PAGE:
Exchange students across Europe face hefty coronavirus toll

Survey reveals those studying abroad face grant uncertainty, racism and a lack of well-being support

April 17, 2020
Student alone

International students across Europe have been left in confusion over their exchange grants, not been given psychological and social support by their universities and, in some cases, have been discriminated against because of their nationality, according to a survey assessing the impact of coronavirus.

Around a quarter have had their exchanges cancelled, although for two-thirds of students they are continuing, according to Student Exchanges in Times of Crisisa survey of more than 20,000 students by the Erasmus Student Network conducted from 19 to 30 March.

With transport links ruptured and borders suddenly erected across Europe, 4 per cent of students said they were stuck abroad, unable to return home, although fewer reported being trapped in place as March progressed.

About 15 per cent said they had found it impossible to find transport home. “My home country closed the border in two days, and I needed to borrow money to buy flight tickets home, because one flight was cancelled, and the available tickets were crazy expensive,” one Latvian student said.

Meanwhile, 8 per cent of students said that the pandemic has meant that they are unable to start their exchange.

Two-thirds of international students are still unclear about what will happen to their exchange grants. Seven per cent of students have been told they will have to return all this money, despite many having already run up costs. “I’ve received information from my sending institution that I’d have to return all the scholarship. However, I had expenses for the accommodation, food and transport here,” one Bulgarian student said.

The results reveal that three-quarters of students have received academic support during the pandemic – but on other measures related to well-being they are being less well looked after.

Only a third reported receiving “social” support, be it from their home or host university, or family and friends. Even fewer reported receiving psychological, logistical, linguistic or medical support, either from their university or elsewhere. About 15 per cent said they had not received any support at all.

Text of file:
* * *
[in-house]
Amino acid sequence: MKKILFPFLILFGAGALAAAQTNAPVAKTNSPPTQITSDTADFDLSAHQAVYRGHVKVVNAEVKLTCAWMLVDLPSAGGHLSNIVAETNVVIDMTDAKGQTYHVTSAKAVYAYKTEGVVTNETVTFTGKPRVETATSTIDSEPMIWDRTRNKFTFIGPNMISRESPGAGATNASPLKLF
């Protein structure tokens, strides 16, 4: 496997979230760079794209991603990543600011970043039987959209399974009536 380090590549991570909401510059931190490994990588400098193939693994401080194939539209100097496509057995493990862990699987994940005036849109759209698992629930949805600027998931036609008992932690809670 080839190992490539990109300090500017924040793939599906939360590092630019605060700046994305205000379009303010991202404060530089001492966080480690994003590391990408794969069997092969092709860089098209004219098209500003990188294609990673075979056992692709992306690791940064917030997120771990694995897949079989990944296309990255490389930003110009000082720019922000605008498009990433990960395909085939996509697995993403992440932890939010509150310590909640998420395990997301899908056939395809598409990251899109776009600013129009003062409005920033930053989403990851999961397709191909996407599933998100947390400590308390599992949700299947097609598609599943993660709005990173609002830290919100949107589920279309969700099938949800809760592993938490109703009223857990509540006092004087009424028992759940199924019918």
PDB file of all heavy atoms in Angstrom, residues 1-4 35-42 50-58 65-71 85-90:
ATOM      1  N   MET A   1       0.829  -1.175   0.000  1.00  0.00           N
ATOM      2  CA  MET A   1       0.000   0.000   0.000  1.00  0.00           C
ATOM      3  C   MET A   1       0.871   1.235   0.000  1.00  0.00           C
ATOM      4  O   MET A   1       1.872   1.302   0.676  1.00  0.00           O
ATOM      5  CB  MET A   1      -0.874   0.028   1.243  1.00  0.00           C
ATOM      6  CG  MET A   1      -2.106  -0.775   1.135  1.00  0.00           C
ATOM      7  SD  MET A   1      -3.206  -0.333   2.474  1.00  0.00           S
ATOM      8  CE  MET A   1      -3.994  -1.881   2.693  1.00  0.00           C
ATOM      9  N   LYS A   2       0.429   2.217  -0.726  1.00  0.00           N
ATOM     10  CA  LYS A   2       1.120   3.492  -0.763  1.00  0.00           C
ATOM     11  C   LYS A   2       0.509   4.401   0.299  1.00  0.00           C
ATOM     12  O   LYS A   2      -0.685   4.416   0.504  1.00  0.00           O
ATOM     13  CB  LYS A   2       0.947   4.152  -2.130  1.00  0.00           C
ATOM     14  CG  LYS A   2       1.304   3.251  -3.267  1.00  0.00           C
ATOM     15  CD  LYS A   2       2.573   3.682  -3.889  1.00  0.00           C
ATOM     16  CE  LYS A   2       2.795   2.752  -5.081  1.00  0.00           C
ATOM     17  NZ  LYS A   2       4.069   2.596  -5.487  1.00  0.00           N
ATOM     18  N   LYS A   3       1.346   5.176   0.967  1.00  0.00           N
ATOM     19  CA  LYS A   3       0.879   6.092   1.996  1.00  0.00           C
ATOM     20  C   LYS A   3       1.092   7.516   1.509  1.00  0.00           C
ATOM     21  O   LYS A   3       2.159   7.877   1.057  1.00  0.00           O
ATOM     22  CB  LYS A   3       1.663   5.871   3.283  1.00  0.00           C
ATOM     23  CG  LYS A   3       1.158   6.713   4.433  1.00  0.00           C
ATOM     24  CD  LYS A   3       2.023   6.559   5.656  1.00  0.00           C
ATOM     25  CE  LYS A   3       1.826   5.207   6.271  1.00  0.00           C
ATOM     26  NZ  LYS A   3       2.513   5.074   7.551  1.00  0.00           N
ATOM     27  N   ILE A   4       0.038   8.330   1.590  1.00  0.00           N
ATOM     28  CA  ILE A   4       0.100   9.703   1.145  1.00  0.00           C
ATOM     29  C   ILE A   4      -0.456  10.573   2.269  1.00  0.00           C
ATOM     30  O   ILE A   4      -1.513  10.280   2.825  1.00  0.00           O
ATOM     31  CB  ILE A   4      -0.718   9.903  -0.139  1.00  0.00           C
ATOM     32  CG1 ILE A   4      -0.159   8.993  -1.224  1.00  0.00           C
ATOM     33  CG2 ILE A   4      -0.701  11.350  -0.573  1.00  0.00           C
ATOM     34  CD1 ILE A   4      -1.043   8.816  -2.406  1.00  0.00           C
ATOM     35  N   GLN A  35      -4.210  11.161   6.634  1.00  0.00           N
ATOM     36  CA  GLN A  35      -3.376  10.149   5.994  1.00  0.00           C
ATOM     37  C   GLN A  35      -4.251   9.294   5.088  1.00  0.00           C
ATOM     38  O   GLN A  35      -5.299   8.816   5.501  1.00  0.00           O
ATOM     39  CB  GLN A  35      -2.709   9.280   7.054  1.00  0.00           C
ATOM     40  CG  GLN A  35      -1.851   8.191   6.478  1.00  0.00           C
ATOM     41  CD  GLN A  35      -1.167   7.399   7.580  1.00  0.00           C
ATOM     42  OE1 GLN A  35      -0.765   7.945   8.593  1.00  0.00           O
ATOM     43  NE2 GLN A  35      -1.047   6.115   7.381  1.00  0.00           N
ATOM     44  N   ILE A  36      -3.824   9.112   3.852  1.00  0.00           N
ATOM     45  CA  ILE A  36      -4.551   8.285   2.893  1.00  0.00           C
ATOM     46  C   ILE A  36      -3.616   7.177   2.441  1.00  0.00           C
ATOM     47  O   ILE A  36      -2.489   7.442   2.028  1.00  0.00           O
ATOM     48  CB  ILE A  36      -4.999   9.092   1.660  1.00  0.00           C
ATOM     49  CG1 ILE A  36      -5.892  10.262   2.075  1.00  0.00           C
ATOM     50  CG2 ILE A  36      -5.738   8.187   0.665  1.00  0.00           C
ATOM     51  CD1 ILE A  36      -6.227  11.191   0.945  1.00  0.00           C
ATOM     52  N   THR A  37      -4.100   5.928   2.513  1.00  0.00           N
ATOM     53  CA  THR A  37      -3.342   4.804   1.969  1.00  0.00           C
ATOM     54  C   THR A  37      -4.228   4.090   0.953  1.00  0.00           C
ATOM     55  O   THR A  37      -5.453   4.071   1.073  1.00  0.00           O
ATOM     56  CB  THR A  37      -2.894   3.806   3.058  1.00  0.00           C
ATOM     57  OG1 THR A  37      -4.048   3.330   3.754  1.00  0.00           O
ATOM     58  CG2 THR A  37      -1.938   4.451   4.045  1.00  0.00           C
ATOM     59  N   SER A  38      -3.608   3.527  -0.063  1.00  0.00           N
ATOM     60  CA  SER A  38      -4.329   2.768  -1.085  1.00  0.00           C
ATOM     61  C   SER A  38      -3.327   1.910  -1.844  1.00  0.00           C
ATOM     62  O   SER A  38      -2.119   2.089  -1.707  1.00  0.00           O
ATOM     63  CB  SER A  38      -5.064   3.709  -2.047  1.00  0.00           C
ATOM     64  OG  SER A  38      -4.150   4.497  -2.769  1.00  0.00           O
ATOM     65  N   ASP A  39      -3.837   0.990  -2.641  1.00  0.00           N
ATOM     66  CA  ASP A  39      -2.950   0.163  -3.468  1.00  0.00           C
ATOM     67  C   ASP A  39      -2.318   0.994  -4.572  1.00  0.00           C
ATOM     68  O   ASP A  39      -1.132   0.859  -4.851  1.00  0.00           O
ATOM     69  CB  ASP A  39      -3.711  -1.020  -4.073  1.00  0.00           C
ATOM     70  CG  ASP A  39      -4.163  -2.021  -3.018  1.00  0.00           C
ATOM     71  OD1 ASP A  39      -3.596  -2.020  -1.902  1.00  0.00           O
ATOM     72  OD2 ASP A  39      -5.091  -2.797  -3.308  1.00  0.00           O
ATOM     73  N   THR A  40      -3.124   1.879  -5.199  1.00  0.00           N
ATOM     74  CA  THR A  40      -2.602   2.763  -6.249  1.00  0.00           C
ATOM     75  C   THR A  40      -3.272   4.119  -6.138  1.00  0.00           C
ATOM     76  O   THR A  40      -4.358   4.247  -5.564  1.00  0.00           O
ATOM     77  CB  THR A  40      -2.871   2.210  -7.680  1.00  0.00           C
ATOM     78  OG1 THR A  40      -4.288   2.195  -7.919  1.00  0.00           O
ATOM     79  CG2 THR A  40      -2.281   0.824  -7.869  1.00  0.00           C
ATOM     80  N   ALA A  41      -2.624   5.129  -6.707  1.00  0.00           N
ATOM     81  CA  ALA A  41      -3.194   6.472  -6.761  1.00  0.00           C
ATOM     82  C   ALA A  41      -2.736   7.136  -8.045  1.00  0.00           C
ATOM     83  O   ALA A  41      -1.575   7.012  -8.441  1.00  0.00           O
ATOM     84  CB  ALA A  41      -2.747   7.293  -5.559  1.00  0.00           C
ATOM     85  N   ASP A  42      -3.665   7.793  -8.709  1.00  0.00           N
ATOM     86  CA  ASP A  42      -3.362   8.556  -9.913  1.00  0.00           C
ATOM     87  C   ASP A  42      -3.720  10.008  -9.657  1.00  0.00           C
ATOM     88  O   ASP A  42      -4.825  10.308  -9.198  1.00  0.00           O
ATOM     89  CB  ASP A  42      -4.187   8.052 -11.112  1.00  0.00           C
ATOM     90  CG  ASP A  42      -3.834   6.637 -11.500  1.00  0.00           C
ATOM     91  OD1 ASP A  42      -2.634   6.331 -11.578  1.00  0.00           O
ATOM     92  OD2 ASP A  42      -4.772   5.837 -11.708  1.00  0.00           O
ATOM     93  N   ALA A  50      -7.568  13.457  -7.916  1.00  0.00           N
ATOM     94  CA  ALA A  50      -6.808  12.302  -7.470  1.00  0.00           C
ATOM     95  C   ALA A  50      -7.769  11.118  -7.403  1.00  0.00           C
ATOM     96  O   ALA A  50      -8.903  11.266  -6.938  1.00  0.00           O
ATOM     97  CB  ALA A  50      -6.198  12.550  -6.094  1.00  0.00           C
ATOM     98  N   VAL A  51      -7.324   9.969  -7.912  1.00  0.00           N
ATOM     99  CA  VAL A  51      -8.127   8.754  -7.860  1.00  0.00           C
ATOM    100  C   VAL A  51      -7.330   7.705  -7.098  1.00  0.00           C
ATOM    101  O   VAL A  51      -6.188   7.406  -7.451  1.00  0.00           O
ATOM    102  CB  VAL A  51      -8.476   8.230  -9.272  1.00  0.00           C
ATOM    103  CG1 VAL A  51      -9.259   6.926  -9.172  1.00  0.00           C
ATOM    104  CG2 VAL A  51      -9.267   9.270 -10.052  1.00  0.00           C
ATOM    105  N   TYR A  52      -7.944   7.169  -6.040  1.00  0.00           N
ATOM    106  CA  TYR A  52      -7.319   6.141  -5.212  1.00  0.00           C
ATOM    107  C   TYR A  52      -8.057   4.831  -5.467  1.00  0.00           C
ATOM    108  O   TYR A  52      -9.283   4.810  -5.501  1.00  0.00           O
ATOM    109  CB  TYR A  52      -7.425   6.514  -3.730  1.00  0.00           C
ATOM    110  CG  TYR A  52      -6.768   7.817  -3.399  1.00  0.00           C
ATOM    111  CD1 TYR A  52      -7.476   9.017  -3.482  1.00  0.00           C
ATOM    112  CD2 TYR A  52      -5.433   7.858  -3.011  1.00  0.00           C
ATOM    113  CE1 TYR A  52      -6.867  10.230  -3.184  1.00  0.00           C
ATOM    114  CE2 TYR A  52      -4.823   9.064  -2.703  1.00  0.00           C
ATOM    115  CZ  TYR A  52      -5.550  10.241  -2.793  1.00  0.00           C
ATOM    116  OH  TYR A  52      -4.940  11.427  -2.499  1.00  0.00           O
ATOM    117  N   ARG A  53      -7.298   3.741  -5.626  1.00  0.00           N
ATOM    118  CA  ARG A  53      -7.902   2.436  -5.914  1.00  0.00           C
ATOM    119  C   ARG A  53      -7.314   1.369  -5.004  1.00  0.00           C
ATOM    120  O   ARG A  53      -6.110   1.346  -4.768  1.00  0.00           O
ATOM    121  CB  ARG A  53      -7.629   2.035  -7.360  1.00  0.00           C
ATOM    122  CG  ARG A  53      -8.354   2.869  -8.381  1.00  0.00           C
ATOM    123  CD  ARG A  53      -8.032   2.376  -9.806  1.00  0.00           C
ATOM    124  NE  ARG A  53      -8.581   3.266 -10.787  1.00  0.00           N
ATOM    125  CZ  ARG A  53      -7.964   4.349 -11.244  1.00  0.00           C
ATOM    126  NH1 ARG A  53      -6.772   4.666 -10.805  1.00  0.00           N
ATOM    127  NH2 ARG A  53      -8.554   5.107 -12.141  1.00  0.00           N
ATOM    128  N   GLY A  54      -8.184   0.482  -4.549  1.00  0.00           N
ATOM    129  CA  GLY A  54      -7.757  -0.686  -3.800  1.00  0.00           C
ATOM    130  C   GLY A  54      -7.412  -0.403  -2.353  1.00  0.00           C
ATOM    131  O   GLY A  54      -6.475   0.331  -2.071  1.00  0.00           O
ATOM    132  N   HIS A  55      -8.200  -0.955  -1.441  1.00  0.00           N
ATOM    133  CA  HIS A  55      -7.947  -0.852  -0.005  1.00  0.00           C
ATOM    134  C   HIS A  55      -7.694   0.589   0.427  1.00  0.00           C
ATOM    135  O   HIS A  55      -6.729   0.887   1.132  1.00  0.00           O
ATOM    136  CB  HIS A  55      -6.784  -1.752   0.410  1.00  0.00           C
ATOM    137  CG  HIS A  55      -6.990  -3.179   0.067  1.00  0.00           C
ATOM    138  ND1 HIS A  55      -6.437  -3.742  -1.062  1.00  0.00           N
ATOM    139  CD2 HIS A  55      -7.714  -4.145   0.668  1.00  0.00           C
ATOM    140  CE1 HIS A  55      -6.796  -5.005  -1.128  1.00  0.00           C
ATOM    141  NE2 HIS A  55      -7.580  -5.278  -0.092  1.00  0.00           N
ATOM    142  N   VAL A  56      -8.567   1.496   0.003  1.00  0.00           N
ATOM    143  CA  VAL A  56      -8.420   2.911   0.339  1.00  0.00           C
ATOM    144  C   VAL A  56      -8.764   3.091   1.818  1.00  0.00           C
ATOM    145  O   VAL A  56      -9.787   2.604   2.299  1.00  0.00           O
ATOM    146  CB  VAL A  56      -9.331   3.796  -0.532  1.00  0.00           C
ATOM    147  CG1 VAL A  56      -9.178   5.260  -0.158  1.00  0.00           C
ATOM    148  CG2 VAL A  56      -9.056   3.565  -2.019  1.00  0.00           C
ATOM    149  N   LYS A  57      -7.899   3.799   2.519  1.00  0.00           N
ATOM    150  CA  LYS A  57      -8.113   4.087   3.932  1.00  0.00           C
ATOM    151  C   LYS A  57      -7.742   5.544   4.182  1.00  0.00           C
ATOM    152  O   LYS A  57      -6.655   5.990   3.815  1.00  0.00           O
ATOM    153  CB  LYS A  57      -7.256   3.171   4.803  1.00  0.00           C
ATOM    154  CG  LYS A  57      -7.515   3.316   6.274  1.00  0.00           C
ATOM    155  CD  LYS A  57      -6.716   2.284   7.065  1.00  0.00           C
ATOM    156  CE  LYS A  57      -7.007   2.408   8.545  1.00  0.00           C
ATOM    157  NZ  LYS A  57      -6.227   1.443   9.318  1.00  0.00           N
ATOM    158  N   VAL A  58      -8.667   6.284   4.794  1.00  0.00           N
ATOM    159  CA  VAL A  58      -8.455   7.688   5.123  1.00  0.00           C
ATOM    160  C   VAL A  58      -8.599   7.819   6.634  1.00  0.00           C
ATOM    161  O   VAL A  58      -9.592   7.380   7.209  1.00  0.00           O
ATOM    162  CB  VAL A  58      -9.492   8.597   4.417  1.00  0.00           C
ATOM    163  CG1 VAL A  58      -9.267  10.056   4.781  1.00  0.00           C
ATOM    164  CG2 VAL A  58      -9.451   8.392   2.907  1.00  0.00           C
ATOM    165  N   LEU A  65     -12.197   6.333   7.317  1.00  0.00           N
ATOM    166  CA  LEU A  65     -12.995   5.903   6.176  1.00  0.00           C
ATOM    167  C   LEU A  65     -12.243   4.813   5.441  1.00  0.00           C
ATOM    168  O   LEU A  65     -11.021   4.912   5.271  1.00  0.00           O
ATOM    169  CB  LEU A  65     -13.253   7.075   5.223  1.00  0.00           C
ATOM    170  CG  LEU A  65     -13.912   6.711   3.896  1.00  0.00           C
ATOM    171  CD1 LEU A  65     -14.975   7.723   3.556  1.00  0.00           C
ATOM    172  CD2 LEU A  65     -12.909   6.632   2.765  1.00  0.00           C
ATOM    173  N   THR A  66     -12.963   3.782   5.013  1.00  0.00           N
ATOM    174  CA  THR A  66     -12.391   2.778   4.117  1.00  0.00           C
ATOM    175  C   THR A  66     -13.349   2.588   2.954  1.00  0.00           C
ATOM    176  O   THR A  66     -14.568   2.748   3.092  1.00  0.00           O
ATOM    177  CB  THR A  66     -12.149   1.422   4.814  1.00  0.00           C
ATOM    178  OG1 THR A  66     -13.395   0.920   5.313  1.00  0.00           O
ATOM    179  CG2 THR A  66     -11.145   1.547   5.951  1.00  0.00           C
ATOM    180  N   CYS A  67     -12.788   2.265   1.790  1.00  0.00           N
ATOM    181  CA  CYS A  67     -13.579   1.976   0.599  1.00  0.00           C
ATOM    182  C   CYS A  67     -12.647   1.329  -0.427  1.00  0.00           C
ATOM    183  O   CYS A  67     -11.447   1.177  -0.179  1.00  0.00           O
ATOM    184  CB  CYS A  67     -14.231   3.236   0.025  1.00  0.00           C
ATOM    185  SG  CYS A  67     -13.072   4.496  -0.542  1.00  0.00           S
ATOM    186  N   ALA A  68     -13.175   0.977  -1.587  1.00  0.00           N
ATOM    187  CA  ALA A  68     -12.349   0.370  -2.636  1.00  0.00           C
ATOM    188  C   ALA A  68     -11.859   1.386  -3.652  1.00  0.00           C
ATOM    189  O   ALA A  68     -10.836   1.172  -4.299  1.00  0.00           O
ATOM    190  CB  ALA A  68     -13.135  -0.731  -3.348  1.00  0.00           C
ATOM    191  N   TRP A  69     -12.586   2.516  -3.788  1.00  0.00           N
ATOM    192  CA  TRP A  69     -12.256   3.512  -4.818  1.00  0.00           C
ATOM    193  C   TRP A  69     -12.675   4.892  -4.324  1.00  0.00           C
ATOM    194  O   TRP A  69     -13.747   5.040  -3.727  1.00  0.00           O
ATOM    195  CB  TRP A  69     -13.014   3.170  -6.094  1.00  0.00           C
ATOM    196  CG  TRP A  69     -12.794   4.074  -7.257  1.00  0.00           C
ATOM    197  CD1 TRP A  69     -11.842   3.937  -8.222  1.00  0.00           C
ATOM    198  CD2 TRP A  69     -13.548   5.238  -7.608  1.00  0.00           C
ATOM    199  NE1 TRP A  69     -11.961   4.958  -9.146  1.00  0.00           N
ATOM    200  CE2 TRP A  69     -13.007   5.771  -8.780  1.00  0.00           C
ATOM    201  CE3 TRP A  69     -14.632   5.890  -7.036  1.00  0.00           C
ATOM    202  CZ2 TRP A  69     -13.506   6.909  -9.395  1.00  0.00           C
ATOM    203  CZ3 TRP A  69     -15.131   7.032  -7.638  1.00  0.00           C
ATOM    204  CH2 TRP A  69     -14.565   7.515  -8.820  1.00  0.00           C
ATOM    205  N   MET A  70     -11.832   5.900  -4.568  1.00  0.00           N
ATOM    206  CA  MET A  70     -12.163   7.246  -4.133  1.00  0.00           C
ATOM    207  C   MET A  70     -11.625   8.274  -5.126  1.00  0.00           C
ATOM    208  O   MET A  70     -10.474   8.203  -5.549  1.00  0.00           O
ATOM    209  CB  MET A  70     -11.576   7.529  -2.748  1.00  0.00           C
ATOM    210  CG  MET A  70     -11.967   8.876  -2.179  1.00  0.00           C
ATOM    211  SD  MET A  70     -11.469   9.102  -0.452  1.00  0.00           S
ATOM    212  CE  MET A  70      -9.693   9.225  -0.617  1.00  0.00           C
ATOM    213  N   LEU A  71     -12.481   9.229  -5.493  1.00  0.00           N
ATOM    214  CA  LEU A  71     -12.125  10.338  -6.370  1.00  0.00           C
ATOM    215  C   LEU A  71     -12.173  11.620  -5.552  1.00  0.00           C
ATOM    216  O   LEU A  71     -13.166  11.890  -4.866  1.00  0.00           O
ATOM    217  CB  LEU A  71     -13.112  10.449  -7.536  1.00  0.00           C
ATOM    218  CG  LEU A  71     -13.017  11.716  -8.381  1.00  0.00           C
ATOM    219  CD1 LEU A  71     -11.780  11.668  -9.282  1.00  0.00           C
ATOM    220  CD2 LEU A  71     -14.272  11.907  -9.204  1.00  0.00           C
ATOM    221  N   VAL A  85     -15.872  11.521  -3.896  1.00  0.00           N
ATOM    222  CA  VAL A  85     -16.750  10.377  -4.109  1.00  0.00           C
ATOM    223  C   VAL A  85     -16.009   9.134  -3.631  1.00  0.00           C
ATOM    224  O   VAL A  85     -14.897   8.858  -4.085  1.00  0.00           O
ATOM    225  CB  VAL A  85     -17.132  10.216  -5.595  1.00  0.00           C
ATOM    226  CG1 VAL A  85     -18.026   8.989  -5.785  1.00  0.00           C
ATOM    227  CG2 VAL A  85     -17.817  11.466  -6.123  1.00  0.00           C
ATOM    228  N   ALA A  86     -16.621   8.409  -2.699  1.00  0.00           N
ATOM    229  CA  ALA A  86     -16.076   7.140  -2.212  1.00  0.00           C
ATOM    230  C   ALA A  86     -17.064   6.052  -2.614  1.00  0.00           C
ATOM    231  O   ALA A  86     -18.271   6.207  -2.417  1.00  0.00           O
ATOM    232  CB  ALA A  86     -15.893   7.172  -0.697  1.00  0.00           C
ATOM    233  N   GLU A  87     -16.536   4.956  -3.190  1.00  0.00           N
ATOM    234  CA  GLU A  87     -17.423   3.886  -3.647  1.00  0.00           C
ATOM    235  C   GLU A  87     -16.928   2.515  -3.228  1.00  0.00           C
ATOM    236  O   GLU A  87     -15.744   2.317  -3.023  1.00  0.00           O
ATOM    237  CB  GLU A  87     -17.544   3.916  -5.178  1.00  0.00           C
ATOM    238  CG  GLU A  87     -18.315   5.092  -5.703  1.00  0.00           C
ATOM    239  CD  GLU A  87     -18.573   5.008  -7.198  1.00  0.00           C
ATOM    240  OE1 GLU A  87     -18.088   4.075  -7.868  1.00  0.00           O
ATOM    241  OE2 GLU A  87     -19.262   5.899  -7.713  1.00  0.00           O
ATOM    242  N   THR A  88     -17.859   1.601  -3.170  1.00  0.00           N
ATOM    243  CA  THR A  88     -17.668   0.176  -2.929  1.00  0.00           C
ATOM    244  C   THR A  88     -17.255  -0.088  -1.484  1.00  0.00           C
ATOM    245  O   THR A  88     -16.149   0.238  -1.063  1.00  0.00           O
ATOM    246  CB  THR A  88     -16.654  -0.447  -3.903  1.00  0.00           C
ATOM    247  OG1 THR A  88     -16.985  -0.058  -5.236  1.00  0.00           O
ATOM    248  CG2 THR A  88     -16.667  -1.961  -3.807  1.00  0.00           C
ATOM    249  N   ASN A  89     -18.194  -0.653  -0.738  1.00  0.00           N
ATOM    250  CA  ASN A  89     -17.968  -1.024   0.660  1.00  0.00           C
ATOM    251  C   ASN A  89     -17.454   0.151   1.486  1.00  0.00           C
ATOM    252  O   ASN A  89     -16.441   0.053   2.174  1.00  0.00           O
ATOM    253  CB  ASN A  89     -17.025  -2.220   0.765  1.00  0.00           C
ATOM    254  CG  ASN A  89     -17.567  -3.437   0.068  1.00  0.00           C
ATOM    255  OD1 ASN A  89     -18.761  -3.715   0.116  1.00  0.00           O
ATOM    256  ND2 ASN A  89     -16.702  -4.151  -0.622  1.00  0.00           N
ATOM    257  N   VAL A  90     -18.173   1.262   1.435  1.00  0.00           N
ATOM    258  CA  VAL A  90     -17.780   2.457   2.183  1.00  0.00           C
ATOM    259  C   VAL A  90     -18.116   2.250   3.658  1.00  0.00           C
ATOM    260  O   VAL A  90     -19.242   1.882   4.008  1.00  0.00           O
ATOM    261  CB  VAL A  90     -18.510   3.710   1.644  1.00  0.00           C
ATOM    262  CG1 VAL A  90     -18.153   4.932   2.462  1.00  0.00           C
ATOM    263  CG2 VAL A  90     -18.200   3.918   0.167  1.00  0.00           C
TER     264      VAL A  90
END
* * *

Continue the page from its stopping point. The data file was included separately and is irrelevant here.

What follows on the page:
As for teaching, for the vast majority of students, physical lectures have been cancelled and moved partially or entirely online. This has taken a psychological toll on some. “One of the most important reasons for me to attend this Erasmus programme was to find new friends around the world and socialise with them,” reported one student. “But, due to isolation, I cannot do that now. I am very disappointed and because of that I feel very depressed.”

The virus also appears to have led to an upsurge in racism against students from regions first hit by the pandemic. Almost a quarter of Italian students and around a fifth of Asian students said they had been the victims of discrimination based on their nationalities.

“In these two weeks I always felt like somebody watching me, as if I were corona-infected person just because I’m Asian. I was sprayed [with] disinfection sprays at station, which made me really sad feeling,” one Japanese student said.

The network surveyed close to 22,000 students from 19 to 30 March. The vast majority of respondents were from Europe.

david.matthews@timeshighereducation.com

Please login or register to read this article.

Register to continue

Get a month's unlimited access to THE content online. Just register and complete your career summary.

Registration is free and only takes a moment. Once registered you can read a total of 3 articles each month, plus:

  • Sign up for the editor's highlights
  • Receive World University Rankings news first
  • Get job alerts, shortlist jobs and save job searches
  • Participate in reader discussions and post comments
Register

Related articles

Have your say

Log in or register to post comments

Most commented

Sponsored